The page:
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Am J Occup Ther. 2012 Nov-Dec;66(6):682-90. doi: 10.5014/ajot.2012.004556.

Effect of robotic-assisted three-dimensional repetitive motion to improve hand motor function and control in children with handwriting deficits: a nonrandomized phase 2 device trial.

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  • 1College of Health and Human Services, George Mason University, Fairfax, VA, USA. InnovAbility@comcast.net

Abstract

OBJECTIVE:

We explored the efficacy of robotic technology in improving handwriting in children with impaired motor skills.

METHOD:

Eighteen participants had impairments arising from cerebral palsy (CP), autism spectrum disorder (ASD), attention deficit disorder (ADD), attention deficit hyperactivity disorder (ADHD), or other disorders. The intervention was robotic-guided three-dimensional repetitive motion in 15-20 daily sessions of 25-30 min each over 4-8 wk.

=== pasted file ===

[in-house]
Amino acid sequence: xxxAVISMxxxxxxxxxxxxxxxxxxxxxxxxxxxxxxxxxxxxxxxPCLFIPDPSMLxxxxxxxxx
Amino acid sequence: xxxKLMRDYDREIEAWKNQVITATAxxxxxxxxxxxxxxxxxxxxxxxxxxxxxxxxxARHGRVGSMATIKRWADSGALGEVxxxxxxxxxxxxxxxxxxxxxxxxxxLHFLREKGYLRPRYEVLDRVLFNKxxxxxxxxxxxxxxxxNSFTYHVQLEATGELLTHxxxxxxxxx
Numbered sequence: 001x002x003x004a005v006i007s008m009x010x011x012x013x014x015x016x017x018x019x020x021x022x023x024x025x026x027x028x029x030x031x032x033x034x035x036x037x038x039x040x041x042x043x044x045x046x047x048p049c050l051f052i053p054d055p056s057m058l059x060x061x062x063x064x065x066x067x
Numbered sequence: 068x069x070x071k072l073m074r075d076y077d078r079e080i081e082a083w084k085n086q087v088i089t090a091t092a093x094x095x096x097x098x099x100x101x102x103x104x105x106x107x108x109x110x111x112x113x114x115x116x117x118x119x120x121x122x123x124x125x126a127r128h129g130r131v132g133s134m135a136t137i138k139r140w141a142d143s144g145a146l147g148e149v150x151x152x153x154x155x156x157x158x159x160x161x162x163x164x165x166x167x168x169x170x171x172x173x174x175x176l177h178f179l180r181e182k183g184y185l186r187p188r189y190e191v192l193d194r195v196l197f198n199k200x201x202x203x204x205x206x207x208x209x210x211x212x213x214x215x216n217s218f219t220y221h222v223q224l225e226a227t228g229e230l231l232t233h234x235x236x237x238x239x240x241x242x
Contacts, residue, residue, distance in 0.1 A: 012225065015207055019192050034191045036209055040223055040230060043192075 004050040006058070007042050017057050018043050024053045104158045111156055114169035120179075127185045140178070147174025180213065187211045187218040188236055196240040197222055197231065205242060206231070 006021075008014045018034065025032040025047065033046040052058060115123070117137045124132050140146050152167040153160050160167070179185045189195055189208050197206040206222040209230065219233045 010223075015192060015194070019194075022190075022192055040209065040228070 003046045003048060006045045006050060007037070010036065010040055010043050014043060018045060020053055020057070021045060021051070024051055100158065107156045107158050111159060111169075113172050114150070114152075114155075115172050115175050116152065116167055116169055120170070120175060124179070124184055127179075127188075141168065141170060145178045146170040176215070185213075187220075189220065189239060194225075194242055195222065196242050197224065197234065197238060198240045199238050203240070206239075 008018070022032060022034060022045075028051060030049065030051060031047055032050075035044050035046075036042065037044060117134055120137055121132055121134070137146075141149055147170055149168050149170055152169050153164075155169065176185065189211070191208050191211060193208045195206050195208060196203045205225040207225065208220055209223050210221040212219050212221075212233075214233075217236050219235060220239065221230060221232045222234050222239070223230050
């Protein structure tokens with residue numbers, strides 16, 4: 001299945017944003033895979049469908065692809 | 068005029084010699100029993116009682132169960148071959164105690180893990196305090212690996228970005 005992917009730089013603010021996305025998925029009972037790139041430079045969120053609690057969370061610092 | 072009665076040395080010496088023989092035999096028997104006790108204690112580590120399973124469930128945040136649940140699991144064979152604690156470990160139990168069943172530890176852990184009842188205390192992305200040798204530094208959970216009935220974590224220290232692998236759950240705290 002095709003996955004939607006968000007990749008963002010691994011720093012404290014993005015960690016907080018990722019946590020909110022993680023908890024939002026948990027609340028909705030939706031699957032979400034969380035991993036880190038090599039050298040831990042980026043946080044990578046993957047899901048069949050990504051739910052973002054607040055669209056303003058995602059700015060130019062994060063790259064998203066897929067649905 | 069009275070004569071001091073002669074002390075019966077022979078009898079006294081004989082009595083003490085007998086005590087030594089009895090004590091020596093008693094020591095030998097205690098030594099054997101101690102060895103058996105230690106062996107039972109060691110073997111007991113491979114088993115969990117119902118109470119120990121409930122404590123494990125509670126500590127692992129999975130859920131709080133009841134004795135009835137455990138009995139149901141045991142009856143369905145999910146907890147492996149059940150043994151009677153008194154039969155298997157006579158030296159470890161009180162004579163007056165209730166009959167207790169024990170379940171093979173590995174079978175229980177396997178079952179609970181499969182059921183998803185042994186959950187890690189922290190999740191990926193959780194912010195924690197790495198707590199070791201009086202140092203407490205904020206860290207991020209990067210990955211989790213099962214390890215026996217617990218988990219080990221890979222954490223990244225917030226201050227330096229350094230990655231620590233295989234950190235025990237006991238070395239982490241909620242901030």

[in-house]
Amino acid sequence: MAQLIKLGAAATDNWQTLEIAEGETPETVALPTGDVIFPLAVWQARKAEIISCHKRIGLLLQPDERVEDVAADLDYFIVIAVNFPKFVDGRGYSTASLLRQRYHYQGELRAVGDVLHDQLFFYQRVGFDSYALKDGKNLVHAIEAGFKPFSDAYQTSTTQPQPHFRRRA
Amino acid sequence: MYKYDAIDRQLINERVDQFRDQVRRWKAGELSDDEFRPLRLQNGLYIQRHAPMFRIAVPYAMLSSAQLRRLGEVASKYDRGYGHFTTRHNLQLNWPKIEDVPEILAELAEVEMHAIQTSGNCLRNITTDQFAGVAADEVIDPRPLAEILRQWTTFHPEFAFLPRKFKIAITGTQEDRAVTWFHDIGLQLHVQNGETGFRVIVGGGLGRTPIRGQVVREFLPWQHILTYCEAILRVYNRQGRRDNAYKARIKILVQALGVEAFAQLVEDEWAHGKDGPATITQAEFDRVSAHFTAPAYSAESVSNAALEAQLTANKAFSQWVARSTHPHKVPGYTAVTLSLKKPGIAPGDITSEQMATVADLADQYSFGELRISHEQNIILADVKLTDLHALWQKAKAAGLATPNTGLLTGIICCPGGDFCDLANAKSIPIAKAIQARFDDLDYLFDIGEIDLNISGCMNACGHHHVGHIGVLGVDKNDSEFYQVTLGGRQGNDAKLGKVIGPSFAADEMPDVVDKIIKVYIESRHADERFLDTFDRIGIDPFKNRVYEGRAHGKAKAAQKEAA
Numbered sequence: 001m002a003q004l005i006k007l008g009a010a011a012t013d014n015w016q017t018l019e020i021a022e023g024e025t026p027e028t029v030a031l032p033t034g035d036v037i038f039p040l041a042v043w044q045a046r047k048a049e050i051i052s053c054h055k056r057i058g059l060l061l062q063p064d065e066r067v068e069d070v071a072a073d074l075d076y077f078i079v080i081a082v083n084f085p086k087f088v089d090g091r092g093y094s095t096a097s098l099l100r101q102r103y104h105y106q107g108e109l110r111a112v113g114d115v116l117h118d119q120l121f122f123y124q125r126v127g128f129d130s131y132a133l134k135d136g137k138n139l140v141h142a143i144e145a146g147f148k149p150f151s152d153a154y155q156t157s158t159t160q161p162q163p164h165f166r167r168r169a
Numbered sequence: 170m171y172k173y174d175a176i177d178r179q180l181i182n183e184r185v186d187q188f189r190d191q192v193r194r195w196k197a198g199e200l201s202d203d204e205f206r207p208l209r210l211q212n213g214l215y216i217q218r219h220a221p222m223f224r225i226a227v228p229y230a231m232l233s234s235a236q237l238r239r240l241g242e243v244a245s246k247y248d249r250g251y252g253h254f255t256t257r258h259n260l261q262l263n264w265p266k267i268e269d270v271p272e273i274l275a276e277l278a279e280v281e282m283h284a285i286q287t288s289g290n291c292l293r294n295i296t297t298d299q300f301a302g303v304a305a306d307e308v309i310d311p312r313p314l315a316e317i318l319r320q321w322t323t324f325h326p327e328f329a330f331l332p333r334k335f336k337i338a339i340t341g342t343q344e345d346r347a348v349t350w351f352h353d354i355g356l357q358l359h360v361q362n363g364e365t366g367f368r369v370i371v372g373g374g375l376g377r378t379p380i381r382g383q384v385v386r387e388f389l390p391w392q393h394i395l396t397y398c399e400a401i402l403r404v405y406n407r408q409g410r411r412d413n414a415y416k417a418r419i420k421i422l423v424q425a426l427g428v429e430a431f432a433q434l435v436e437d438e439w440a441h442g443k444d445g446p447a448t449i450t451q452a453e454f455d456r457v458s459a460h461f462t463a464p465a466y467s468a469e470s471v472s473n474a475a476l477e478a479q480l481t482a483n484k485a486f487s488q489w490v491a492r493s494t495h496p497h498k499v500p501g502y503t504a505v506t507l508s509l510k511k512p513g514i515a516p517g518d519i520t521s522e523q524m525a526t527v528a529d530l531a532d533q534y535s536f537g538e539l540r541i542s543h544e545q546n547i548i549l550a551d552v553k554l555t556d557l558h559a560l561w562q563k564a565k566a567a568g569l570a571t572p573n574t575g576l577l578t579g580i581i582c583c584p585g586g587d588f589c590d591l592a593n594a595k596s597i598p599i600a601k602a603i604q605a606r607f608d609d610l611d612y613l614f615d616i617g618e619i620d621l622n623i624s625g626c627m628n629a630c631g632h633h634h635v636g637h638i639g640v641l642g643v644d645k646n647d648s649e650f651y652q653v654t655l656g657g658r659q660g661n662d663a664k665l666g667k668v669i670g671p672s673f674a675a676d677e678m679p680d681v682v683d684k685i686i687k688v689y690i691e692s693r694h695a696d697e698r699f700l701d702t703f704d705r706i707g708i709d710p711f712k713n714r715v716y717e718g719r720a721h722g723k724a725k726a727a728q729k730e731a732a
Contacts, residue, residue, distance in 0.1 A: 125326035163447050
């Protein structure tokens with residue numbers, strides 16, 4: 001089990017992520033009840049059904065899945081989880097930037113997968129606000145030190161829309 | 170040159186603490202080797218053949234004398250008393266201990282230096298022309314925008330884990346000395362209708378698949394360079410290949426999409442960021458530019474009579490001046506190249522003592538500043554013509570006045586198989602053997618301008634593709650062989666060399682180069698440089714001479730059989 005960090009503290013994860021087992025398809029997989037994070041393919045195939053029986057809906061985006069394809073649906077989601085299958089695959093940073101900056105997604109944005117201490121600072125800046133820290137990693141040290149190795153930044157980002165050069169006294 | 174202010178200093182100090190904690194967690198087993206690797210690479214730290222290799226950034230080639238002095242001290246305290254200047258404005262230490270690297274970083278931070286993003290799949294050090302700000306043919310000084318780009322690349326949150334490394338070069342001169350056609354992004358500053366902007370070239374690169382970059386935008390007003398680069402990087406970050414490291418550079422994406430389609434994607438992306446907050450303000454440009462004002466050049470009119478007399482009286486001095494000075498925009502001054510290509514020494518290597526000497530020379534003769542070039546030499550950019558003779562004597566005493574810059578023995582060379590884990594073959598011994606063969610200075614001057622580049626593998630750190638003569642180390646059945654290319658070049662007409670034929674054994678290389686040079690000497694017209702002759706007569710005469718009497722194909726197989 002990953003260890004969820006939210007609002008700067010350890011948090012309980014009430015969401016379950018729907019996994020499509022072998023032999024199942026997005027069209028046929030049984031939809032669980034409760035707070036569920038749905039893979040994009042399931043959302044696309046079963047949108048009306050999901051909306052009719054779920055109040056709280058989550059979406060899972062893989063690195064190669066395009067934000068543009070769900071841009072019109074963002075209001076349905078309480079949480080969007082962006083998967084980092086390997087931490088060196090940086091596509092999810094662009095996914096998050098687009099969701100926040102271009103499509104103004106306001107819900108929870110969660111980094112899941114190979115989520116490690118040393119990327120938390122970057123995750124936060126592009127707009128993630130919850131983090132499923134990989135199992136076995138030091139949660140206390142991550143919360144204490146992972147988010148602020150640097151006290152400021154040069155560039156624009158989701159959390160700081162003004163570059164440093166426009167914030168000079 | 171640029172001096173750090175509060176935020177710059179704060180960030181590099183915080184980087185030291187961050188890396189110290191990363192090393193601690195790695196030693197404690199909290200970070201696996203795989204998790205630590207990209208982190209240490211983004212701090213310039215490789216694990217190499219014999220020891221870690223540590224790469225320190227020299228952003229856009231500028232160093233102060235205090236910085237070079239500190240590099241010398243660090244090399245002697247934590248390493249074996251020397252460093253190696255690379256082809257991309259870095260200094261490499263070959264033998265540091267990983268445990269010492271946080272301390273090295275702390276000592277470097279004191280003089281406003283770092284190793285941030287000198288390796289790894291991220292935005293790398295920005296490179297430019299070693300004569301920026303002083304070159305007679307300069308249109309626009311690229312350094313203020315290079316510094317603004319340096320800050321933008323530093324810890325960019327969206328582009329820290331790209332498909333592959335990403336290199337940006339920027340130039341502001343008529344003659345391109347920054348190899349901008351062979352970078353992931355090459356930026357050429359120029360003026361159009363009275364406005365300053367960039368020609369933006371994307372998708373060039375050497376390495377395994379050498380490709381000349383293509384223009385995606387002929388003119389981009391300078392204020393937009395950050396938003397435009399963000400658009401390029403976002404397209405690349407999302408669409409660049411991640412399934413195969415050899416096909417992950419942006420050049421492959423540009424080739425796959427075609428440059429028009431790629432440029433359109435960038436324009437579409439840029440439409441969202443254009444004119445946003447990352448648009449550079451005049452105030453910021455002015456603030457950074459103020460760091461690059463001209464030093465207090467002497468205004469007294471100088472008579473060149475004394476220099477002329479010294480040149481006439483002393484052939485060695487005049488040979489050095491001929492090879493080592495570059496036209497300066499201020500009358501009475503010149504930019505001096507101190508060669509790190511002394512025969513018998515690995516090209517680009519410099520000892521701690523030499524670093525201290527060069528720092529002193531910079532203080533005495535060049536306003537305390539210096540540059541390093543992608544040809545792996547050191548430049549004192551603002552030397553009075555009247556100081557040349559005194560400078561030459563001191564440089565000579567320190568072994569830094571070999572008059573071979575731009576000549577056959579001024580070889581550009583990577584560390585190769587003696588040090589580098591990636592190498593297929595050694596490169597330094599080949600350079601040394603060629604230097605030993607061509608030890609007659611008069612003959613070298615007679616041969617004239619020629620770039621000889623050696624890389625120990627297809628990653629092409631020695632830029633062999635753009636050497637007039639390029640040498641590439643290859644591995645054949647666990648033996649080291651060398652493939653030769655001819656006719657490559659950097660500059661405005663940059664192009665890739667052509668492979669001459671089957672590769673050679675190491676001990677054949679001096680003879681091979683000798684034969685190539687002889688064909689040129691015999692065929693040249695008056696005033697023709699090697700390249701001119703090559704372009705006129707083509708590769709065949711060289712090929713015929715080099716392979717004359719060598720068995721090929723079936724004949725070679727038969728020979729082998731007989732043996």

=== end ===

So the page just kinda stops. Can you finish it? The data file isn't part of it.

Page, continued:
RESULTS:

Fine motor control improved for the children with learning disabilities and those ages 9 or older but not for those with CP or under age 9. All children with ASD or ADHD referred for slow writing speed were able to increase speed while maintaining legibility.

CONCLUSION:

Three-dimensional, robot-assisted, repetitive motion training improved handwriting fluidity in children with mild to moderate fine motor deficits associated with ASD or ADHD within 10 hr of training. This dosage may not be sufficient for children with CP.

Copyright © 2012 by the American Occupational Therapy Association, Inc.

PMID:
23106988
[PubMed - indexed for MEDLINE]
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